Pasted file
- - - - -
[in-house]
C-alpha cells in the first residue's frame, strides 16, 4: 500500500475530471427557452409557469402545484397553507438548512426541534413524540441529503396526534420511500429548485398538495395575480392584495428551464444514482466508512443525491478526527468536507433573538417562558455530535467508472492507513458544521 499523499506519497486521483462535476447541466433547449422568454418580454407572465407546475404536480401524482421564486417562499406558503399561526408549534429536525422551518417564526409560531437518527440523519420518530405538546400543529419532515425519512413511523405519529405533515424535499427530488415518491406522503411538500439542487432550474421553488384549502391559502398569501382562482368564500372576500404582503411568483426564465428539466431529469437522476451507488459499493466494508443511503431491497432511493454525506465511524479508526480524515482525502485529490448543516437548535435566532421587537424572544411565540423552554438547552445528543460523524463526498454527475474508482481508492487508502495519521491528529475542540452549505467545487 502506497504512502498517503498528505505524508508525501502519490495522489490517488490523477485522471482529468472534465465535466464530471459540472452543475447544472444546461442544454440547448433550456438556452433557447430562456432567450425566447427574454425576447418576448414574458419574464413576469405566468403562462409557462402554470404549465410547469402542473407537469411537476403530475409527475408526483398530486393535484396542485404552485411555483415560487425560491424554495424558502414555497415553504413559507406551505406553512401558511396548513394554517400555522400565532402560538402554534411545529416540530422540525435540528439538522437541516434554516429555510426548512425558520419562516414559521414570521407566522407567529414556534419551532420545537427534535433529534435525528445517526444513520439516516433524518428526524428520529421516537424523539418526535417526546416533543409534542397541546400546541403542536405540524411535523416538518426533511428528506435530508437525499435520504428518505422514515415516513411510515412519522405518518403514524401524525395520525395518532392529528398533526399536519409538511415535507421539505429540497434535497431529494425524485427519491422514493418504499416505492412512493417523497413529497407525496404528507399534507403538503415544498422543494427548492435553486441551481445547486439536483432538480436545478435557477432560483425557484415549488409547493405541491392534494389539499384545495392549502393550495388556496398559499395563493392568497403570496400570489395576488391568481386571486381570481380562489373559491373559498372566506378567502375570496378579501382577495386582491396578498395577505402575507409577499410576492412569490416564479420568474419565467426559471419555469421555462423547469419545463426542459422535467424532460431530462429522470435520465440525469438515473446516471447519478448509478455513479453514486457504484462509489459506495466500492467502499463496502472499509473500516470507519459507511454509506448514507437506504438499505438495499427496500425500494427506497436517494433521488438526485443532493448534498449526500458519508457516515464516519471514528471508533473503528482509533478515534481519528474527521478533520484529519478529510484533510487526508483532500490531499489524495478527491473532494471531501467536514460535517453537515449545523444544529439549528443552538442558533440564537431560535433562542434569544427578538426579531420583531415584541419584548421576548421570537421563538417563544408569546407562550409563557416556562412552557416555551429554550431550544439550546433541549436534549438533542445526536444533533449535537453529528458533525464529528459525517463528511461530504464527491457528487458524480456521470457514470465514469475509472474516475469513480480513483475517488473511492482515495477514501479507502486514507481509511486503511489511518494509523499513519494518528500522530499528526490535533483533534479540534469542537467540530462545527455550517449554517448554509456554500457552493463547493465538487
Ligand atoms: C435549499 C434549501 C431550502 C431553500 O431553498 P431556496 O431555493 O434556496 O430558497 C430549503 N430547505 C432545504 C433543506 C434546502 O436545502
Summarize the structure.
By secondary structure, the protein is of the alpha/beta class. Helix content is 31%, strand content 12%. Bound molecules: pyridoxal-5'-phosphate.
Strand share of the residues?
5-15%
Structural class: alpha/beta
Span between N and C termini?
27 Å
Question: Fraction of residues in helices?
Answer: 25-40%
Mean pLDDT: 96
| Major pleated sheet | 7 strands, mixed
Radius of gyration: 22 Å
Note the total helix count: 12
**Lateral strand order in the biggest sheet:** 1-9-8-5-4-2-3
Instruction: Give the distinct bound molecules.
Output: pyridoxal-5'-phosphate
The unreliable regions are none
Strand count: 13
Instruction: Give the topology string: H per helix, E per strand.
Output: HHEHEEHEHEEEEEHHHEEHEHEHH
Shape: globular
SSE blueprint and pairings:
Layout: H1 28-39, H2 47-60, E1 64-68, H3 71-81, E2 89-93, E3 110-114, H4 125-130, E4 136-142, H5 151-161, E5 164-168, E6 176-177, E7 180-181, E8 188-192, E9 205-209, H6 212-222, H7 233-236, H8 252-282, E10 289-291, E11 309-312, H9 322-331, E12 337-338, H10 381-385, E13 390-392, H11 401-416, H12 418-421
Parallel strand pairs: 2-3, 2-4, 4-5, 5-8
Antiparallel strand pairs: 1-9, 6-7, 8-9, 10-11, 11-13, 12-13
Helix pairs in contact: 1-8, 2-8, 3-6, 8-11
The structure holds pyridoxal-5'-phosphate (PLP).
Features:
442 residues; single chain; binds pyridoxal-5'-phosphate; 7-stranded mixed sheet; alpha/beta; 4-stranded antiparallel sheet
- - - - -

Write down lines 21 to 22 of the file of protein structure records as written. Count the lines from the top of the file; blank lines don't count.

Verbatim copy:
Strand count: 13
Instruction: Give the topology string: H per helix, E per strand.